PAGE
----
Business email compromise (BEC), otherwise known as “phishing” attacks, is the most common and most serious cybersecurity issue for superannuation funds, according to a whitepaper from financial services technology provider SS&C Technologies.
“The most valuable commodity on the dark web is sensitive, confidential client data, what security experts call personally identifiable information or PII,” the whitepaper said.
“In the PwC 2018 Global State of Information Security survey for Mainland China and Hong Kong, customer records were the most commonly acknowledged target of security infractions.
“Superannuation funds also hold valuable trade secrets, such as proprietary research or trading algorithms, which could cause serious financial and reputational damage if compromised.
“And of course, there are the fund assets themselves – sophisticated thieves are not merely after data, but are employing nefarious means to steal money from funds, the financial gain is among the top motivators for a cyber-attack.
“Apart from these direct risks, Superannuation funds also face regulatory pressure to make sure they have security controls and incident response plans in place.”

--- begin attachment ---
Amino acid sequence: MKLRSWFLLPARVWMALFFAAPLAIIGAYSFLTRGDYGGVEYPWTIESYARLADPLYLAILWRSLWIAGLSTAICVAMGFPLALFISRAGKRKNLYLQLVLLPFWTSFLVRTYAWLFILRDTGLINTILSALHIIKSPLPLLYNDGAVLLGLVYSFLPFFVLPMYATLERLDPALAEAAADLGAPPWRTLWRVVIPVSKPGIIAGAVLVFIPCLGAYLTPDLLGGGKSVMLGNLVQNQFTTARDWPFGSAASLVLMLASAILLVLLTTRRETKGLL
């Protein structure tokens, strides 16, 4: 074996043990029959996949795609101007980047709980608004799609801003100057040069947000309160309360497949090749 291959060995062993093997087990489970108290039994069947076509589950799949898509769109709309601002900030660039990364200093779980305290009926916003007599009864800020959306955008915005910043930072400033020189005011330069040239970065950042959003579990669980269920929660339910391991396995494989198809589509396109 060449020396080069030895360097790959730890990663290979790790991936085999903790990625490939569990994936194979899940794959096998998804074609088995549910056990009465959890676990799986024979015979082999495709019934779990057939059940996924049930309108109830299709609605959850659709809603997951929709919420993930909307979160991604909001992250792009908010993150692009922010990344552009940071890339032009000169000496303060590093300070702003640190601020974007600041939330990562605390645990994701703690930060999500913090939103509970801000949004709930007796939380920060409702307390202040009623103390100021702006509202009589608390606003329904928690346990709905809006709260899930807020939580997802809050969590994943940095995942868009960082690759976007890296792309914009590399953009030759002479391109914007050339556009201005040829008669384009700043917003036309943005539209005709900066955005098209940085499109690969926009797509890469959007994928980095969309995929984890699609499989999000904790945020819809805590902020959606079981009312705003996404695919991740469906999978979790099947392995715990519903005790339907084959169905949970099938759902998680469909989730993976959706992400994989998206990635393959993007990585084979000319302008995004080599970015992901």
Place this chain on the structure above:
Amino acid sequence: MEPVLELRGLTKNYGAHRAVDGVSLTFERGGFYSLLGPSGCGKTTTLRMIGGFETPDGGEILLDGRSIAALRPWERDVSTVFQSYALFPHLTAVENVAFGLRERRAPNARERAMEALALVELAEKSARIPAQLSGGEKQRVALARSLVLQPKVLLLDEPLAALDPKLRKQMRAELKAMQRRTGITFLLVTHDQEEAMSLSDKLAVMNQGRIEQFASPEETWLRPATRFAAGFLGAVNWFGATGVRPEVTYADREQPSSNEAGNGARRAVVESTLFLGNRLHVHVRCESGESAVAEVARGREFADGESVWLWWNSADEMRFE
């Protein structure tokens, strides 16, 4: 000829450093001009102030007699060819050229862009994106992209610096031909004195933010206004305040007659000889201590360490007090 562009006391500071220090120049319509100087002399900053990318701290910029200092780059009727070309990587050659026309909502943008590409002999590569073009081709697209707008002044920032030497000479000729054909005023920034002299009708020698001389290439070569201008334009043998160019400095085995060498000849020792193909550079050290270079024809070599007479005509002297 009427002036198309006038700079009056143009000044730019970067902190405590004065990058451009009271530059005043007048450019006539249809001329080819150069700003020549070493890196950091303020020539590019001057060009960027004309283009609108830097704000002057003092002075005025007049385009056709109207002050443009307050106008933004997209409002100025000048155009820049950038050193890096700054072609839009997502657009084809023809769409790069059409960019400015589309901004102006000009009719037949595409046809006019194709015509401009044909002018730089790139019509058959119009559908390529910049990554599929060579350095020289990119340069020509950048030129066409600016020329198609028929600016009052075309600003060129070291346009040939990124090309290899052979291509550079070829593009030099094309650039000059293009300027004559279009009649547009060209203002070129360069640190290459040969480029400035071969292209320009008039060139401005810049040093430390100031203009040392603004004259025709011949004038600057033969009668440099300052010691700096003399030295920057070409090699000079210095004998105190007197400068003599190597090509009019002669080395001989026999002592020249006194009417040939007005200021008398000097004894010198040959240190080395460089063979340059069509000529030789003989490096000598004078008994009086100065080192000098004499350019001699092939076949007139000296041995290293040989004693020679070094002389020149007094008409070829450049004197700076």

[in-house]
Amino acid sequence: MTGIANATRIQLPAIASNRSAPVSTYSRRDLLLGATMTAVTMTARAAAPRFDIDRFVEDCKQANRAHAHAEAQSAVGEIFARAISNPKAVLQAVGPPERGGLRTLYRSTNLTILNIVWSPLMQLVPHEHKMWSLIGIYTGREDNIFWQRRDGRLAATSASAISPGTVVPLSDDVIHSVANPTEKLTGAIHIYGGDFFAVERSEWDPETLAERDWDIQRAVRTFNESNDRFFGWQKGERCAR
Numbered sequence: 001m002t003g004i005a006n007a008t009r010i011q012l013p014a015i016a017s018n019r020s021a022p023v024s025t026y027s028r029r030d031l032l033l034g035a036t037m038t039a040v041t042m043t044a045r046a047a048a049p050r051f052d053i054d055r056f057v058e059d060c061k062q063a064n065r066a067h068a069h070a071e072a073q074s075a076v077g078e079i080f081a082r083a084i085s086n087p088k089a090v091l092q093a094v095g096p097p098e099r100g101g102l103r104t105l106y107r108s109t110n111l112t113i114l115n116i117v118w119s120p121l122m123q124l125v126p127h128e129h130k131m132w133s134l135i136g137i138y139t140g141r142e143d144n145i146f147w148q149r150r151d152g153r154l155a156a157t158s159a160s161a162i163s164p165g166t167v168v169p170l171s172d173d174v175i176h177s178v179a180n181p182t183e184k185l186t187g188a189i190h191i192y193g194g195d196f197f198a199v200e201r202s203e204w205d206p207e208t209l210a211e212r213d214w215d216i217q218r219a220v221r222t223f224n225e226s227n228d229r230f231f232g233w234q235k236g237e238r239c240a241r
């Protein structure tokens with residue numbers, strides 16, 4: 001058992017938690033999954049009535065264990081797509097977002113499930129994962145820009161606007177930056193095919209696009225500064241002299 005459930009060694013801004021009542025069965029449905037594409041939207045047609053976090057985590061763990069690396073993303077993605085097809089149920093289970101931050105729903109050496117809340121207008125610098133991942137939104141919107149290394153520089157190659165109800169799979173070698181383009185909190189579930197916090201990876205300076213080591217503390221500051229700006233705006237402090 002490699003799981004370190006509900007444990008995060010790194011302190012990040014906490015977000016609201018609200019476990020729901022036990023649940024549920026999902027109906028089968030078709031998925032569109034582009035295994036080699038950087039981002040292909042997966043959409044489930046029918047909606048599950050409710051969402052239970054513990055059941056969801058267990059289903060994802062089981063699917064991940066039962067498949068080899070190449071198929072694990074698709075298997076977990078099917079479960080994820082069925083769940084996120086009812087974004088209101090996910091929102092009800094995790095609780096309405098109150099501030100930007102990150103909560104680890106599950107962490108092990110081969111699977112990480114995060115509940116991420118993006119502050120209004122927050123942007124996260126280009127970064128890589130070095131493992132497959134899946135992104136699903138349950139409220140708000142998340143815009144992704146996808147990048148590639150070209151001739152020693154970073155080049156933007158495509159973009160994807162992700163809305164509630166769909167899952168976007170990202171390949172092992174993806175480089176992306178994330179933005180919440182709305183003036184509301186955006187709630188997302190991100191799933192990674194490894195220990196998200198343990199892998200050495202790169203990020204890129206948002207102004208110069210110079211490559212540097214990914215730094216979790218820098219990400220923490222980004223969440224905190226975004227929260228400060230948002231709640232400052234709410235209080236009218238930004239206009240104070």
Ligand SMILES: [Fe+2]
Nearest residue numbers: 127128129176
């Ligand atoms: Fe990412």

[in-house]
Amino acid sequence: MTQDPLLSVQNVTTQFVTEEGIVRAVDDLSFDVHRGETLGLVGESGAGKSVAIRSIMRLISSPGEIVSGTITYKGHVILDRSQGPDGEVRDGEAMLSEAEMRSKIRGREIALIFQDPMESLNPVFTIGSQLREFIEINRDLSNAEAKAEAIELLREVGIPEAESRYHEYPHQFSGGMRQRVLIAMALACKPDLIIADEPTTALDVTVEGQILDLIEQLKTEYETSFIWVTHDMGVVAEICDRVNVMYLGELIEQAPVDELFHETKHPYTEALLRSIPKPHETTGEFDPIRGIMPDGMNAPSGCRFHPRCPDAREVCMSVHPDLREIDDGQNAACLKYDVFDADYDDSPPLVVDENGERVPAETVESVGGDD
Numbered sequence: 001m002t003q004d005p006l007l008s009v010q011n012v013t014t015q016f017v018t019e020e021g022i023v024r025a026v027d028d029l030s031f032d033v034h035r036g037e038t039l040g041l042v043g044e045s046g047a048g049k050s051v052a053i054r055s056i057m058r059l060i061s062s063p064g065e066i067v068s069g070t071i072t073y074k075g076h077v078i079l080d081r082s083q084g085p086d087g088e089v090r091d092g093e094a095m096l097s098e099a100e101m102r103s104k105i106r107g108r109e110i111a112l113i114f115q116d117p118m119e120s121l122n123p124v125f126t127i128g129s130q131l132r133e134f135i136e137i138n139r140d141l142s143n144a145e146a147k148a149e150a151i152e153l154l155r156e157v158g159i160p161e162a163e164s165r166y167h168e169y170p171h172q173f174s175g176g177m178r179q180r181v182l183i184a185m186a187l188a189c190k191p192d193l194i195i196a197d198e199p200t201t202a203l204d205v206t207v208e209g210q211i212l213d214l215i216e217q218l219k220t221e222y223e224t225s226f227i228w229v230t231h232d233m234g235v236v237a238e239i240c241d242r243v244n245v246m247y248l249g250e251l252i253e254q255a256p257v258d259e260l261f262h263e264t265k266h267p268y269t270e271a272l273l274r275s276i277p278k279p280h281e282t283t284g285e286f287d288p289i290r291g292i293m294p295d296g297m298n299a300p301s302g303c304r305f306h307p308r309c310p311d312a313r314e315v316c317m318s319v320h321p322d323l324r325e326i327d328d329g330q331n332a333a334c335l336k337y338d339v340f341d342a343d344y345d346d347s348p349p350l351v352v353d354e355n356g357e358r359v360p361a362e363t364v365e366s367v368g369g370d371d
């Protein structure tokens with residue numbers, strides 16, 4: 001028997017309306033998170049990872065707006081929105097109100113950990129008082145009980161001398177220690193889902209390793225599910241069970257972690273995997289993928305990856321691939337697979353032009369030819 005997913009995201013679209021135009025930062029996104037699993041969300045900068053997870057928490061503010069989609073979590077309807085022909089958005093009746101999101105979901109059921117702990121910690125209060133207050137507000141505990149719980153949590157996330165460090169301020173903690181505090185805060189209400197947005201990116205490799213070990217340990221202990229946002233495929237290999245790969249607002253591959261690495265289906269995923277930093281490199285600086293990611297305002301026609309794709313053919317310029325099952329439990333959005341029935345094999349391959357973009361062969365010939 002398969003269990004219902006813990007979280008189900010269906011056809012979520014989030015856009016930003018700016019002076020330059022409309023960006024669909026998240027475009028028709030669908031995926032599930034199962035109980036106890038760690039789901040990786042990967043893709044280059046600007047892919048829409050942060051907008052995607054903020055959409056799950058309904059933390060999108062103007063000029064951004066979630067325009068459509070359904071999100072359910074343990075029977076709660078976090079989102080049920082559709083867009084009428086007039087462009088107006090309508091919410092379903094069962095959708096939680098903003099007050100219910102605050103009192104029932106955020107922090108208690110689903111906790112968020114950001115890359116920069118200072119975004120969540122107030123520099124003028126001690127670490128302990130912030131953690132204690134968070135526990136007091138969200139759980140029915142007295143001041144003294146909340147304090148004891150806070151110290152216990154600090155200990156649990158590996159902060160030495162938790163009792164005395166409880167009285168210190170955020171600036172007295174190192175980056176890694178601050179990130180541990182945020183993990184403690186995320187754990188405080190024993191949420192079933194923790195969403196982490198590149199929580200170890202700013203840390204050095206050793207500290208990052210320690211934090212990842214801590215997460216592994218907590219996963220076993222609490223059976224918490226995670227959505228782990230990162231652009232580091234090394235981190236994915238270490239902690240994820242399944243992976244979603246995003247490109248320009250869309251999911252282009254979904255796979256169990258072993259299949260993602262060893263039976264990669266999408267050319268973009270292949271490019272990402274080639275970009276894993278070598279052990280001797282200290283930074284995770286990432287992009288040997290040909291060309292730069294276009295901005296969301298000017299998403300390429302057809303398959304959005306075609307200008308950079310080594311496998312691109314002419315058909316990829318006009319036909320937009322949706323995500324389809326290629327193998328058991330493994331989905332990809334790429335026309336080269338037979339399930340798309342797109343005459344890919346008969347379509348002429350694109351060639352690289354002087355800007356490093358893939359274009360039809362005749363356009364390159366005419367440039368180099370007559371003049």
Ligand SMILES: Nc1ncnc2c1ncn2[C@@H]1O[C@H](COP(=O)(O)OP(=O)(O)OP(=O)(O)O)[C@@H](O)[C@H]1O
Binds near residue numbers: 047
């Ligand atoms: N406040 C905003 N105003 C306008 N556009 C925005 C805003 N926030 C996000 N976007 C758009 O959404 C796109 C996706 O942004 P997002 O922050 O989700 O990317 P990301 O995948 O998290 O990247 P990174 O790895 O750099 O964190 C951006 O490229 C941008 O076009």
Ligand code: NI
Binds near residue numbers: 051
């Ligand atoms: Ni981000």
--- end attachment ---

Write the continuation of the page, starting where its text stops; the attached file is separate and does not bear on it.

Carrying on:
The whitepaper said in early 2019, an email began circulating among fund firms that appeared to be from a legitimate researcher.
“It referred to rumours that the European Securities and Market Authority was considering suspending short selling under Brexit, and offered a briefing document on the topic,” the whitepaper said.
“When recipients clicked on the link to obtain the briefing, they were greeted with a blank page, raising suspicions that the email was planting malware in the firms’ systems.
“Those fears were exacerbated when the purported attacker boasted about having compromised several firms in an online forum, and threatened more.”
Anthony Caiafa, SS&C chief technology officer, said the company had invested heavily in security measures.
“Including the deployment of a global Security Information and Event Management (SIEM) system to gather threat intelligence from a variety of sources and correlate it with our systems internally to ensure we have a secured environment,” Caiafa said.
“We have also partnered with an industry leading provider of email protection solutions to flag and block suspicious emails and spam.
“Whether this “phishing” attempt was an actual cyber-attack or an elaborate hoax, as some suspect, it nonetheless underscored the vulnerability of funds to cyber threats.”